For object detection, the authors use Faster-RCNN [8] and [9] for depth prediction. In all tasks, the based model is pre-trained with the self-supervised tasks. Then in the evaluation, the weights are frozen and the authors are using a single linear classification layer for ImageNet or integrated as the backbone (still frozen) for object detection and depth prediction. The reported results are top-5 accuracy. Except in table 1 where it is top-1.

2.1. Comparison of Self-Supervised Tasks

First, the self-supervised tasks are compared to each other. The results are given in table 1. The authors' implementations are already slightly better due to better data augmentation and longer training.

Table 1

Overall we can notice that self-supervised tasks alone are all under performing compared to the regular supervised learning.

Figure 3

Figure 3 shows how the performance increases with the training time.

2.2. Comparison with the Naive Architecture

The table 2 shows the results for combining self-supervised pre-training tasks.

Table 2

The pre-training appears to be the most efficient for PASCAL VOC with “only” ~4% under the pre-training on ImageNet. On the depth prediction task (NYU), only Relative Positioning seems enough to reach (and slightly over) the performance of the baseline.

Figure 4

The figure 4 shows the effect of training time.

2.3. Comparison with the Lasso Architecture

Figure 5

The figure 5 suggests that the final output space for the representation is still losing some information that’s useful for evaluation tasks.

Table 4

All the results are compiled in table 4. Using lasso performs slightly better than without. Also it is interesting to notice that using the regularization in the evaluation task only performs better than for both pre-training and evaluation.

3. Conclusion

The authors list their findings in 5 points:

  • The depth of the network improves self-supervision over shallow networks
  • Combining self-supervision tasks improves the performance
  • On the tested architecture, the classification accuracy is far from the regular method, closed for PASCAL VOC and same for depth prediction on NYU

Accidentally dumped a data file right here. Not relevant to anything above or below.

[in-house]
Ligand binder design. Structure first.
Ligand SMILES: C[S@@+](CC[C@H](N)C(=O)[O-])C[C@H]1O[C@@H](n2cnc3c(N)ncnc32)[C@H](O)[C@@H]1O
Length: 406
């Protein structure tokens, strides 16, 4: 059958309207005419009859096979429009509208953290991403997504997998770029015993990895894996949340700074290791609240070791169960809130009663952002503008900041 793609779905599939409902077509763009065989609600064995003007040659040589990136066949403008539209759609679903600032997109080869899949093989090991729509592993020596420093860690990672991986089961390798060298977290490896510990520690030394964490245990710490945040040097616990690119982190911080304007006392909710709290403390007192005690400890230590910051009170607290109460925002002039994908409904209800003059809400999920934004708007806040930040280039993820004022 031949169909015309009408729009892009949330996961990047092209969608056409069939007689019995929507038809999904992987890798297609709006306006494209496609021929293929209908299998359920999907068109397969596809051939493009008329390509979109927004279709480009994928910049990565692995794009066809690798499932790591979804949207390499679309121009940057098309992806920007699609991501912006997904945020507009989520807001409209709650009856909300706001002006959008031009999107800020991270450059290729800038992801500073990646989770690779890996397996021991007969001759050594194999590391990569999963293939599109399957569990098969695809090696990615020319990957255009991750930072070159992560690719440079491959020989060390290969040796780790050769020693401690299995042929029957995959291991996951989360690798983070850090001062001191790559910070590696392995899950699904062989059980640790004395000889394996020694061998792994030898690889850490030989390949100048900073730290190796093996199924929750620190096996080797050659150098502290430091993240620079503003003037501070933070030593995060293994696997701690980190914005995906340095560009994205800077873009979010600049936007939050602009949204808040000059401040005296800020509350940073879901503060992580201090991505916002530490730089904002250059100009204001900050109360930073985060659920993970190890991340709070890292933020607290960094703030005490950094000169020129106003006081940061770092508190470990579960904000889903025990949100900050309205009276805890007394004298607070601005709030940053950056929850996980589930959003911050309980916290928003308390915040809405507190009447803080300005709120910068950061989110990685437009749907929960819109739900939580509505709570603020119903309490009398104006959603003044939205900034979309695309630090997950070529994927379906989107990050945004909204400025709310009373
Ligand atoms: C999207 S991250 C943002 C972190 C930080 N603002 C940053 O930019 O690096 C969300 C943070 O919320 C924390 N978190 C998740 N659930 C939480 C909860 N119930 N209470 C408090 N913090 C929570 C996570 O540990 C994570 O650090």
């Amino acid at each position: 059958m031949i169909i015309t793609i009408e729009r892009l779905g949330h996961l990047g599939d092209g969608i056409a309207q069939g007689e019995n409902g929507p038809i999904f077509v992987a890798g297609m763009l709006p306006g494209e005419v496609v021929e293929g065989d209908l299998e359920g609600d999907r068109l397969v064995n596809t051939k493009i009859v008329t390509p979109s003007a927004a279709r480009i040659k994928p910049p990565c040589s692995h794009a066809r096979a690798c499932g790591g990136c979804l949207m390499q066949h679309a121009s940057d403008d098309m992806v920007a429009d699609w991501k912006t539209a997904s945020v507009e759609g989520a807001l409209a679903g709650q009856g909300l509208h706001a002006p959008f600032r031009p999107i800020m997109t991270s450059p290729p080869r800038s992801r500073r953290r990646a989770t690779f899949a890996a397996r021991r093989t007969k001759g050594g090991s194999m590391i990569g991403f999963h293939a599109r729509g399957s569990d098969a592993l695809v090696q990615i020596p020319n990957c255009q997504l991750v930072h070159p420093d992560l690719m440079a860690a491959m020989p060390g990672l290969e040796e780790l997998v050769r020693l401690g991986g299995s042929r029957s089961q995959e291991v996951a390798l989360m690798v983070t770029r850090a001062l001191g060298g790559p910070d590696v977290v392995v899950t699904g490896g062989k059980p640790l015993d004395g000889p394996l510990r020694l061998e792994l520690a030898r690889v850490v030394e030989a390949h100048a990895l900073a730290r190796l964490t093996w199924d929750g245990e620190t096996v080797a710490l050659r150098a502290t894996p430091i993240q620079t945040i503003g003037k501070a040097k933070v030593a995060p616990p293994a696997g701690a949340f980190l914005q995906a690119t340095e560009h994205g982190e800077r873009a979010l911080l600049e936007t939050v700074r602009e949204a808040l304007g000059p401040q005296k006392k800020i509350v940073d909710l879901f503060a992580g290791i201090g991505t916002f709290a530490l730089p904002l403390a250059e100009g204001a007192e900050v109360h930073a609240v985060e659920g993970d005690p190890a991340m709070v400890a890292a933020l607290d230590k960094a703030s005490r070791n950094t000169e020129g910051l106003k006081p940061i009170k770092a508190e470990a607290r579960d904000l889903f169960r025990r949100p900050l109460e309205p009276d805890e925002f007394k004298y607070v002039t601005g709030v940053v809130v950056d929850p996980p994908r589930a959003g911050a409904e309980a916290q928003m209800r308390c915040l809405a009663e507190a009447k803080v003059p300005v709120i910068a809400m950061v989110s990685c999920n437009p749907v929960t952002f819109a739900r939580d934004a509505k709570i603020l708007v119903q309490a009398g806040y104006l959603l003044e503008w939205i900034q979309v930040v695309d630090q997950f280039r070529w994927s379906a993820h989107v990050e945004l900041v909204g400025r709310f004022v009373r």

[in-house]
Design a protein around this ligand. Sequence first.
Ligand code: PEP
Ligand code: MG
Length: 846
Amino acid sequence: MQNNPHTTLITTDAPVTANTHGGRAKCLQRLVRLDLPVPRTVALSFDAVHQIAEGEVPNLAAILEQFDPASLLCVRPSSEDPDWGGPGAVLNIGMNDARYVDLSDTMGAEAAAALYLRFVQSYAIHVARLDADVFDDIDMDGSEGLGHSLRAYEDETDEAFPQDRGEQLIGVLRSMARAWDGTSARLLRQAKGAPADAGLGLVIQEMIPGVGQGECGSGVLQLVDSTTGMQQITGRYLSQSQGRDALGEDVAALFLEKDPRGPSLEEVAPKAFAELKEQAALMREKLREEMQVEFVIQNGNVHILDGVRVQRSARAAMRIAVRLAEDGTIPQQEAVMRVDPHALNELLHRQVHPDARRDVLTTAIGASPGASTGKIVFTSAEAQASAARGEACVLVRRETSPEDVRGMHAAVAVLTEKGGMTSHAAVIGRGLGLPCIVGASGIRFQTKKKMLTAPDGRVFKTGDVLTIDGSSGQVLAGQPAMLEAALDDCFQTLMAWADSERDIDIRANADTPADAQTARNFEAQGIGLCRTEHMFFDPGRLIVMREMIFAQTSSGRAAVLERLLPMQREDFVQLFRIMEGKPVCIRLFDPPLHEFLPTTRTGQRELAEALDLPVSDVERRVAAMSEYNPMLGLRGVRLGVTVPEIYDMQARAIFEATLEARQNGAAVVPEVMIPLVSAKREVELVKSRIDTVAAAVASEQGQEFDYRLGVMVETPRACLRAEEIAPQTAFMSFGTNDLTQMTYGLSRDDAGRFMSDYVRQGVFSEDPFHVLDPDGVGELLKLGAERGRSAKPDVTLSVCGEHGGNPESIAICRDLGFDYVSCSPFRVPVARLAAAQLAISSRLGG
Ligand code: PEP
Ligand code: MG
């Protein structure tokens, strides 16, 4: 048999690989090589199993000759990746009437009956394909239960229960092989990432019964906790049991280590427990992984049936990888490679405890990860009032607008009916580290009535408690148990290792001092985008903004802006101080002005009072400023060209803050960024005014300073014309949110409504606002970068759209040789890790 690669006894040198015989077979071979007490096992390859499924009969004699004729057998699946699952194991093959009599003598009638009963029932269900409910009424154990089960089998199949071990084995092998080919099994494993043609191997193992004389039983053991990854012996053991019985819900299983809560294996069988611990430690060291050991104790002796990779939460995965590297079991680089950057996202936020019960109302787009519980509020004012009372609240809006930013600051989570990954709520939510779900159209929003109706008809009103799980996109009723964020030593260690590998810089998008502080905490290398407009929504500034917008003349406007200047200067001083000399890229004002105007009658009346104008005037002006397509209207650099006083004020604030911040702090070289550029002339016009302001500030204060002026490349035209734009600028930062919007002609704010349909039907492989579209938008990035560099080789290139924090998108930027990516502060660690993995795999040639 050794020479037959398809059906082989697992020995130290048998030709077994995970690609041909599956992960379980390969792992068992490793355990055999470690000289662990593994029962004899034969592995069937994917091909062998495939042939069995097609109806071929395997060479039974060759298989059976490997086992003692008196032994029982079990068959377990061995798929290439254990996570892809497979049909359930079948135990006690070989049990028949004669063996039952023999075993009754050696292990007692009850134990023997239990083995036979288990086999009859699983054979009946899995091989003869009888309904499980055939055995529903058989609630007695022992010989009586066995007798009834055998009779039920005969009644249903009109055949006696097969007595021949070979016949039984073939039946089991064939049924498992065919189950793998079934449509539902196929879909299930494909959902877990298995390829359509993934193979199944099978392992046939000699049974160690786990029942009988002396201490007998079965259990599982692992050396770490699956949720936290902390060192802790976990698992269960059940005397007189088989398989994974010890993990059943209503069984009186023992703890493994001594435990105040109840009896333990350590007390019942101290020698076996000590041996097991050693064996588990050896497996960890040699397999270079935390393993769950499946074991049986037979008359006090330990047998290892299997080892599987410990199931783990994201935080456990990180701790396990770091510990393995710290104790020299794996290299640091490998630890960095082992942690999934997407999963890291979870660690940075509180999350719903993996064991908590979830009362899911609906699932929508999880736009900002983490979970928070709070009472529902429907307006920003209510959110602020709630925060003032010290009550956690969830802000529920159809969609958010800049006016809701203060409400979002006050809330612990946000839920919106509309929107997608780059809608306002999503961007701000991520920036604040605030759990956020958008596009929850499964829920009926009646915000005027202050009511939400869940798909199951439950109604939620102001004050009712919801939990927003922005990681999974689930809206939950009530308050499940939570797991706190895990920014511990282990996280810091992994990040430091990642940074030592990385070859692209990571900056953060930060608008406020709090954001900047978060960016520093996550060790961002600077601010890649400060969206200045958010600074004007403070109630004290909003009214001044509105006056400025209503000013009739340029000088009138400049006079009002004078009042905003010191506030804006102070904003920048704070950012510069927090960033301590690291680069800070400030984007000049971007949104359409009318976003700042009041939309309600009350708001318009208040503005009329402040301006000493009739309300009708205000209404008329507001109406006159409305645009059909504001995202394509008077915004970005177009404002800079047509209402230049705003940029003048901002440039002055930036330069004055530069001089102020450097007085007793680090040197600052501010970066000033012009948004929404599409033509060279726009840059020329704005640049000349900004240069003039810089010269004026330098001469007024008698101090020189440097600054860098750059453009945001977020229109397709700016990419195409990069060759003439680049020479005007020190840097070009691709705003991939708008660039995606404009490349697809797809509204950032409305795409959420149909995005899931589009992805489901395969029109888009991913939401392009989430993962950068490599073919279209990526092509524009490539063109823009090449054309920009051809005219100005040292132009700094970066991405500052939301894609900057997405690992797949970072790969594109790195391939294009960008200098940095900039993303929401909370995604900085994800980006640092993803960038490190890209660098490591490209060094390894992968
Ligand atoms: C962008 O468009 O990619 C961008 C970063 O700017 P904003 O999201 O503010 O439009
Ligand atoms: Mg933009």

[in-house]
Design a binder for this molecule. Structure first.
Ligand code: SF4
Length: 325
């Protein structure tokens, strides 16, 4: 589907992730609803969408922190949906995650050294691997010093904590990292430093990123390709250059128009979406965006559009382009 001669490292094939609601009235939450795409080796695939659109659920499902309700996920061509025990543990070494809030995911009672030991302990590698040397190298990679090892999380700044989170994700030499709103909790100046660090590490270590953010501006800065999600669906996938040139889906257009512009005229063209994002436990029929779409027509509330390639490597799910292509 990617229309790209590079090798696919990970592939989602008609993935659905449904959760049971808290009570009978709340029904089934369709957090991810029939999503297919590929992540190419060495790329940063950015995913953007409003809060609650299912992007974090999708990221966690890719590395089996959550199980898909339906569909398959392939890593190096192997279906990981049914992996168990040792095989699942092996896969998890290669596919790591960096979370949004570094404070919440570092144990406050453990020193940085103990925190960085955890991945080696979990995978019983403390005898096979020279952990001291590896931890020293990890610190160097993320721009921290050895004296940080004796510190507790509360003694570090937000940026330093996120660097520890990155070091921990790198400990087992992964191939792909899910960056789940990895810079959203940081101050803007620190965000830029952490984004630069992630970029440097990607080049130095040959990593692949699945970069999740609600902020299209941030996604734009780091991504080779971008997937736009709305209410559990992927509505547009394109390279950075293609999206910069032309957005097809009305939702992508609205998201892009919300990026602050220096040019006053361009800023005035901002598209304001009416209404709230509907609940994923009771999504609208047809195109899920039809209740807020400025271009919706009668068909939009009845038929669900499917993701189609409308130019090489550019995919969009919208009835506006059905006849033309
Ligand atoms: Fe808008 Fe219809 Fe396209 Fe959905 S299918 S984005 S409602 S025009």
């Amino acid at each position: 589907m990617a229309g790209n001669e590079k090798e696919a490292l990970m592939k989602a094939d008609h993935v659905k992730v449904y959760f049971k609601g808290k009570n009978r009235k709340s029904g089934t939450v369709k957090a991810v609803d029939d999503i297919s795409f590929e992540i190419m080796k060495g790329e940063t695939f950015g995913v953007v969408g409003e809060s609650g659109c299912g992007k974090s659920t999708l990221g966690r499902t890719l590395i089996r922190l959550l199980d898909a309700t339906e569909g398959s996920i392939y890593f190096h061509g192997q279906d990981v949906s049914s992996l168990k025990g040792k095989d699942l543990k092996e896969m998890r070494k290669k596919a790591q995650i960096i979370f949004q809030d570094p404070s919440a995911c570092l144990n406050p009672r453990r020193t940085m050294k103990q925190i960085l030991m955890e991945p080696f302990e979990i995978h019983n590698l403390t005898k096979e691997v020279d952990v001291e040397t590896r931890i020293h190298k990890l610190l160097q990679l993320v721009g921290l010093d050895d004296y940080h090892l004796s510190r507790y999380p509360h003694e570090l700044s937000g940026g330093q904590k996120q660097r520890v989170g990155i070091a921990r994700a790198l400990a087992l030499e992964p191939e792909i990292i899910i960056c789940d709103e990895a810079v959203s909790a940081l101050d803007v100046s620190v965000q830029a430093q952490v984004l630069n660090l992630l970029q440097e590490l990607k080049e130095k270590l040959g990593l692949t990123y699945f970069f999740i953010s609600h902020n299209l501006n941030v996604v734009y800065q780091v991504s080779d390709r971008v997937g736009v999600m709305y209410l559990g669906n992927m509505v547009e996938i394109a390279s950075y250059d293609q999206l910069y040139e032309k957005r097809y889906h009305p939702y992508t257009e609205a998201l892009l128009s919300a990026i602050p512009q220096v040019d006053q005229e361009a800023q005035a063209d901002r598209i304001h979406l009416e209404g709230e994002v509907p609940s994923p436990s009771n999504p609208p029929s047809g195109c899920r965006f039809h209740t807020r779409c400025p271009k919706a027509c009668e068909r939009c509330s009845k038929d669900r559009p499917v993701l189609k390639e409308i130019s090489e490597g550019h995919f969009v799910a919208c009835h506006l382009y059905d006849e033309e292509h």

• Harmonization (detailed in the paper) and lasso weightings only have minimal effects
  • Combining self-supervised tasks leads to faster training


  1. Carl Doersch, Abhinav Gupta, Alexei A. Efros: Unsupervised Visual Representation Learning by Context Prediction. In ICCV, 2015 (arxiv.org/abs/1505.05192).
  2. R. Zhang, P. Isola, and A. A. Efros. Colorful image colorization. In ECCV, 2016 (arxiv.org/abs/1603.08511).
  3. A. Dosovitskiy, J. T. Springenberg, M. Riedmiller, and T. Brox. Discriminative unsupervised feature learning with convolutional neural networks. In NIPS, 2014 (arxiv.org/abs/1406.6909).
  4. D. Pathak, R. Girshick, P. Dollar, T. Darrell, and B. Hari- ´ haran. Learning features by watching objects move. arxiv.org/abs/1612.06370, 2016.
  5. X. Wang and A. Gupta. Unsupervised learning of visual representations using videos. In ICCV, 2015 (arxiv.org/abs/1505.00687).
  6. H. Wang and C. Schmid. Action recognition with improved trajectories. In ICCV, 2013 (hal.inria.fr/hal-00873267v2).
  7. K. He, X. Zhang, S. Ren, and J. Sun. Identity mappings in deep residual networks. In ECCV, 2016 (arxiv.org/abs/1603.05027).
  8. S. Ren, K. He, R. Girshick, J. Sun. Faster R-CNN: Towards Real-Time Object Detection with Region Proposal Networks. In NIPS, 2015 (arxiv.org/abs/1506.01497).
  9. I. Laina, C. Rupprecht, V. Belagiannis, F. Tombari, and N. Navab. Deeper depth prediction with fully convolutional residual networks. In 3D Vision, 2016 (arxiv.org/abs/1606.00373).